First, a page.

Design of the Year 2016
Vscan Access
Show info
Product Manager and Engineer
GE Healthcare (Primary Care Ultrasound)
Ultrasound Engineering team
(Bangalore, India)
Product Management team
User Interface Designer and Product Designer
GE Healthcare (Global Design Group)
Bangalore India Studio
Shanghai, China Studio

Chemistry Form Pte Ltd (Singapore)

Icarus Design (Bangalore, India)

“The commitment from

the client to pursue a

human-centred design

process combined

with a strong working

relationship is at the

heart of delivering a

breakthrough solution

like Vscan Access.”

Vscan Access™ is an innovative ultrasound device designed to help healthcare workers assess pregnancy risks early and expand quality care to mothers who need it most. With Vscan Access™, midwives, paramedics, clinical officers and general practitioners can estimate gestational age and delivery date to help better plan and manage deliveries. They can conduct examinations that may result in early detection of potentially lifethreatening pregnancy complications, and guide critical decisions over the course of antenatal visits. The device wirelessly transfers data to patients, referral facilities or remote experts, ensuring accuracy and efficiency. The brainchild of GE Healthcare, the creation of Vscan Access™ involved GE Healthcare’s internal experts in design and engineering. Singapore-based creative design agency Chemistry was appointed by GE Healthcare to help with end-user research and to plan and facilitate creative workshops with multidisciplinary stakeholders. Through rigorous testing with midwives and general practitioners, Chemistry went on to deliver the complete design of the digital touchscreen user-interface. The depth of the initial field research and the rounds of testing helped the team refine the user experience to a level that made it naturally intuitive to the user. Aspects around consistency of icons, colour and placement of functions on the screen mean that a midwife could use the product almost immediately. The power of the touchscreen was leveraged to present contextually relevant information, thus helping to implicitly guide them through the steps they need to take. Elements that are not relevant are hidden away, reducing on-screen clutter to deliver an approachable and user-friendly experience.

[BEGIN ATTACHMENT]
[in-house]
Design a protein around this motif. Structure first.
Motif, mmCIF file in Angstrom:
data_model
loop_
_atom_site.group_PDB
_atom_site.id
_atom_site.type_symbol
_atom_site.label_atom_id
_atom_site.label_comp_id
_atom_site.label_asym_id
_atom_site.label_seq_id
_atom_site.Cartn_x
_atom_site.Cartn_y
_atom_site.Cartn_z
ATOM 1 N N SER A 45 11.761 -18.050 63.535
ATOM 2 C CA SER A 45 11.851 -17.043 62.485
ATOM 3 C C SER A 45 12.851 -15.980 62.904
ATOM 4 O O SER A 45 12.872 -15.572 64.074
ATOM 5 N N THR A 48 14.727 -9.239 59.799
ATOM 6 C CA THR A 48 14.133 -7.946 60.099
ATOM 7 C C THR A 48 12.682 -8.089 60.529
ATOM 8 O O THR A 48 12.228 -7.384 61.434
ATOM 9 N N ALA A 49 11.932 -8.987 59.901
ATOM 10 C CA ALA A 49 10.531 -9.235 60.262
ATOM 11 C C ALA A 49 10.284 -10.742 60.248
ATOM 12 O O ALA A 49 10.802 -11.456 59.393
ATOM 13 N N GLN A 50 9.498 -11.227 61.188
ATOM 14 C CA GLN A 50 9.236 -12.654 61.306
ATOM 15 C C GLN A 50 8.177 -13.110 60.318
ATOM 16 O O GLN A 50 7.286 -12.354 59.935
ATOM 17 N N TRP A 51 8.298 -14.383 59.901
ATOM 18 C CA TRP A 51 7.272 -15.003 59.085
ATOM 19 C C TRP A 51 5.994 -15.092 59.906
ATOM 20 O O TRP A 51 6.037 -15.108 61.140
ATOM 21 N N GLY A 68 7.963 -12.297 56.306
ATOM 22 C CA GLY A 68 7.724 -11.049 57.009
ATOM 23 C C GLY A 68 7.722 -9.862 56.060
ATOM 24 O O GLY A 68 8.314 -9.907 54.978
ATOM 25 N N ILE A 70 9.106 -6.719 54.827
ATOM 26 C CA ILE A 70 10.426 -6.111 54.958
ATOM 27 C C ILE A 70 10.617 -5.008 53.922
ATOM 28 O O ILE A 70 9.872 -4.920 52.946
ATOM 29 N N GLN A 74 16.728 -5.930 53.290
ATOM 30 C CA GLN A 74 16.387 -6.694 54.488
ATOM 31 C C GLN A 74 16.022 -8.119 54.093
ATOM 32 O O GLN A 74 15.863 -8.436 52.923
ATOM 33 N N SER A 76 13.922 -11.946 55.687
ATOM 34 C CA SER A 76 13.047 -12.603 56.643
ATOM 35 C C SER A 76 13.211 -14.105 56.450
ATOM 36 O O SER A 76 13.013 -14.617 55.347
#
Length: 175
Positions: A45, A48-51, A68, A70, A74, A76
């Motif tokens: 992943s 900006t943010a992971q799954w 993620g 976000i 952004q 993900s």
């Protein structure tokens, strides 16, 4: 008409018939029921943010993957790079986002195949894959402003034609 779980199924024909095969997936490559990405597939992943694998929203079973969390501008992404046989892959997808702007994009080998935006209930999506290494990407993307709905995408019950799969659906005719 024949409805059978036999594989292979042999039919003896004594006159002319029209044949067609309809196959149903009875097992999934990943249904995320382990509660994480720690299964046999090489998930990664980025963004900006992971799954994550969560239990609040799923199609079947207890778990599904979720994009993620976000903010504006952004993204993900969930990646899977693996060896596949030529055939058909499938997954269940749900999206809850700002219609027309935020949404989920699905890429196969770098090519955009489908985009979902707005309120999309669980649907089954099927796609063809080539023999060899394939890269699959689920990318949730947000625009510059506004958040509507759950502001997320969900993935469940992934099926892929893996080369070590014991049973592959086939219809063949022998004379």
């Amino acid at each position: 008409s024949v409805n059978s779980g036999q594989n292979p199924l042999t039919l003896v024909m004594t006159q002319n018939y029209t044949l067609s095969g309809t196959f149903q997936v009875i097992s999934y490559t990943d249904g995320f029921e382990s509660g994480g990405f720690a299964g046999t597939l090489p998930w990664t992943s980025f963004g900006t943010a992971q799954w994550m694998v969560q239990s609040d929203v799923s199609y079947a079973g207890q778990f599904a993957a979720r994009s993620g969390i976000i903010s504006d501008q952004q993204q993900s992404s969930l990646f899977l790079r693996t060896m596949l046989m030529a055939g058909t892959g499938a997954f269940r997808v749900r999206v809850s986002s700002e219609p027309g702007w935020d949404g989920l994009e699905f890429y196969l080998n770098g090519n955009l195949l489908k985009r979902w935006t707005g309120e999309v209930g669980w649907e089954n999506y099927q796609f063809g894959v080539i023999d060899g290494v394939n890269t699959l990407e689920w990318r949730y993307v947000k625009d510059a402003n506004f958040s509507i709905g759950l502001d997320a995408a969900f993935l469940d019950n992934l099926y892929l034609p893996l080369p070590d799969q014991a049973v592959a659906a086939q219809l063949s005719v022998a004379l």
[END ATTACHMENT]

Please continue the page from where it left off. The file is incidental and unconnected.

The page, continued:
GE Healthcare provides transformative medical technologies and services to meet the demand for increased access, enhanced quality and more affordable healthcare around the world. By working on things that matter by bringing great people and technologies together to take on challenges, GE Healthcare helps medical professionals deliver great healthcare to their patients. As one of the oldest centres of excellence at GE Healthcare, the GE Healthcare Global Design Group has touched hundreds of GE Healthcare products and achievements. Chemistry is a Singapore based creative agency founded in 2000. Today, it focuses on using Experience Design as a strategic tool to help companies foster a more creative culture and deliver human-centred solutions to its customers. Over the years, Chemistry has worked across diverse industry sectors to help organisations such as Singapore Tourism Board, GE Healthcare and Dell Technologies bring breakthrough ideas to market.